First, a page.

Regeneration (Biology); Wounds and injuries--Treatment; Transplantation of organs, tissues, etc.
Throughout the human life cycle, tissues are regenerated either continuously to maintain tissue integrity in the face of normal cell turnover or in response to acute or chronic damage due to trauma or disease states. Blood, epithelia of skin and tubular organs, hair and nails, and bone marrow are examples of human tissues which regenerate continuously as well as in response to damage. Bone, muscle, adrenal cortex and kidney epithelium also regenerate in response to damage, and bone is continually remodeled in response to stress vectors.
The response of many other vital tissues to damage, however, is not regeneration but repair by the formation of collagenous scar tissue. Scar tissue interrupts the normal tissue architecture, compromising· its function to varying degrees, depending on the severity of the injury or disease process. Some examples of diseases and injuries that cause serious impairment by scarring are third degree bums, spinal cord injuries, diabetes, macular degeneration of the neural retina and myocardial infarction. These injuries and diseases are costly in terms of healthcare dollars and potential decline in quality of life. Thus, a major goal of biomedical science is to be able to restore the structure and function of damaged or dysfunctional tissues that do not regenerate naturally. Three major approaches to tissue restoration have been developed: bionics, solid organ transplantation, and, more recently, regenerative biology, which includes cell transplantation, bioartificial tissue constructs and regrowth of new tissues from injured residual tissues in vivo. The purpose of this paper is to discuss these approaches with a particular emphasis on regenerative biology.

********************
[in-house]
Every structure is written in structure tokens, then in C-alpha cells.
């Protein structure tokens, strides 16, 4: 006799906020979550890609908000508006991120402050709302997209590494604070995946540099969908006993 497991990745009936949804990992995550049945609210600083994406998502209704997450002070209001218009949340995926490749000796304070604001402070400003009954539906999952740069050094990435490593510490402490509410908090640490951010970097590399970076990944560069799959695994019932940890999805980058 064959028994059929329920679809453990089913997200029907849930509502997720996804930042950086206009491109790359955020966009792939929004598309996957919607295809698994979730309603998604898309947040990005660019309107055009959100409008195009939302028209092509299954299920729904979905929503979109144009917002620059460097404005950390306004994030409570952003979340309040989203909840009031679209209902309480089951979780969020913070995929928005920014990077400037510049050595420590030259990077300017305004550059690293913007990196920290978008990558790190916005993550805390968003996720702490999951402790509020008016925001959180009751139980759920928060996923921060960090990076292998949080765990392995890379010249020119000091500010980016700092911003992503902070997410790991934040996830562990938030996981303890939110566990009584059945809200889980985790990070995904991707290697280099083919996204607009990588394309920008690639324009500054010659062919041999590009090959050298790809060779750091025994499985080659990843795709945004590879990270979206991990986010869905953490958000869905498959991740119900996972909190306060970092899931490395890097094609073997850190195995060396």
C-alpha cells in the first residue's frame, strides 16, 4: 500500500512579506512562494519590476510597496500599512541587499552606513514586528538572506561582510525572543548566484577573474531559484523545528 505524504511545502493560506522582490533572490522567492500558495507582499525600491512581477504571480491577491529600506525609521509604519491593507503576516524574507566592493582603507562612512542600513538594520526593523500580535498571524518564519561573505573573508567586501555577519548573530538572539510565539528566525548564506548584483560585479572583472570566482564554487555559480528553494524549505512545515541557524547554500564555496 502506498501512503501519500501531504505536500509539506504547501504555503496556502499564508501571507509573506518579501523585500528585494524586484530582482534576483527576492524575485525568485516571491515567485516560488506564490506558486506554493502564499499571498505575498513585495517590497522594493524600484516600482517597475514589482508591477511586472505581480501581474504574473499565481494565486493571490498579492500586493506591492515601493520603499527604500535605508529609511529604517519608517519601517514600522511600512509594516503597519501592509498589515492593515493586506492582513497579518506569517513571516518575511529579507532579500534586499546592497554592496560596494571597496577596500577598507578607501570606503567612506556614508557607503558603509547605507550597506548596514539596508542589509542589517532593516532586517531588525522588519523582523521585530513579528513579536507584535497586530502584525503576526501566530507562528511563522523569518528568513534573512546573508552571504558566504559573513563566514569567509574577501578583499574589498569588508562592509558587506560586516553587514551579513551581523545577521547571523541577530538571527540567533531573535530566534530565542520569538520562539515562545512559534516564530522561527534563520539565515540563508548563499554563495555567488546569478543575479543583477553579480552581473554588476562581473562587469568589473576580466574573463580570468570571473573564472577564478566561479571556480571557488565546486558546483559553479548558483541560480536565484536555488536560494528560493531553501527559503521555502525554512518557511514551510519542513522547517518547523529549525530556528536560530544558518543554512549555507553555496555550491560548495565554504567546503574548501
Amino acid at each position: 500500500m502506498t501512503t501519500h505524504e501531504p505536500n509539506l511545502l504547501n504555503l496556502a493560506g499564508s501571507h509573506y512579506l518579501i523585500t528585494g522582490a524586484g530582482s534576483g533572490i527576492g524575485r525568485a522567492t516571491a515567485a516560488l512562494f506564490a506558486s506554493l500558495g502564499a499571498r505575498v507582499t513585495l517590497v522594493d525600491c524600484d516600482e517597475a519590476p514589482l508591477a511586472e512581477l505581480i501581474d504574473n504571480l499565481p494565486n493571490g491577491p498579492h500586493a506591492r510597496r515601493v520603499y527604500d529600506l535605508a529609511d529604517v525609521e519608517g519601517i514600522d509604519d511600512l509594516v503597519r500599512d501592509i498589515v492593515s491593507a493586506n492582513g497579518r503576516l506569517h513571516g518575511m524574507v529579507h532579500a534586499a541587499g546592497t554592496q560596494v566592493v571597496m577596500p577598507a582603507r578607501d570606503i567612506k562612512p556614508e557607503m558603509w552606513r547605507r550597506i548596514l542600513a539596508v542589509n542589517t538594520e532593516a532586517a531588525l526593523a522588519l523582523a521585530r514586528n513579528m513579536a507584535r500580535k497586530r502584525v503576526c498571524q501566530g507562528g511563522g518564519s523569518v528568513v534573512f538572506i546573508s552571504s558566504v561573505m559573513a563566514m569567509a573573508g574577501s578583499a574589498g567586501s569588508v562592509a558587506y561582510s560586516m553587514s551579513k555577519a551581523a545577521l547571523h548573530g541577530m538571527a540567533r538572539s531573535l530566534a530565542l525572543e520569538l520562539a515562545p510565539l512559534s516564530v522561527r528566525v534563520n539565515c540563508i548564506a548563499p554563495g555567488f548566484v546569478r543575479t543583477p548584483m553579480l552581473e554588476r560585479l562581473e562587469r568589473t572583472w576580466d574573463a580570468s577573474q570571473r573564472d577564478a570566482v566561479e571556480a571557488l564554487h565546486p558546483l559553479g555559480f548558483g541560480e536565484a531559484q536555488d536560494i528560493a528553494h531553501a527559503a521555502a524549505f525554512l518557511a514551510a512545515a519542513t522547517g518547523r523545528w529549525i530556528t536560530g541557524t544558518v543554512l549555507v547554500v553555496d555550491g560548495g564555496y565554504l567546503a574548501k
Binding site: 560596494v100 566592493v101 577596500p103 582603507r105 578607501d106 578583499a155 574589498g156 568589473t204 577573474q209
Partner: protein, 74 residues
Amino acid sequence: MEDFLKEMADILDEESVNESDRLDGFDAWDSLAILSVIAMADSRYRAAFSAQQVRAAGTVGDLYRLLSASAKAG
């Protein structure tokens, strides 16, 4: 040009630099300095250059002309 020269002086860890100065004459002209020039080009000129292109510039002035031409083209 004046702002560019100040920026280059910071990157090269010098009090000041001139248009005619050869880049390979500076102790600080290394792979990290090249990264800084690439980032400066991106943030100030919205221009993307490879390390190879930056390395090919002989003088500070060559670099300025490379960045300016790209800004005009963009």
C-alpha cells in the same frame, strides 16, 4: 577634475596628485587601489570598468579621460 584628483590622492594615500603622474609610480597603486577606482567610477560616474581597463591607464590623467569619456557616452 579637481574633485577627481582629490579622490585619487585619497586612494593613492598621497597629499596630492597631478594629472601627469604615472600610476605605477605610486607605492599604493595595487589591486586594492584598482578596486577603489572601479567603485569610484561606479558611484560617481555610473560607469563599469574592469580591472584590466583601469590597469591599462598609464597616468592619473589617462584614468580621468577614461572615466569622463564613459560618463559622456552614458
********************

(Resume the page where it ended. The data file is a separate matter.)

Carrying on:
Stocum, D. L.
Regenerative Biology: New Tissues For Old.
Journal of the Minnesota Academy of Science, Vol. 63 No.2, 23-30.
Retrieved from https://digitalcommons.morris.umn.edu/jmas/vol63/iss2/2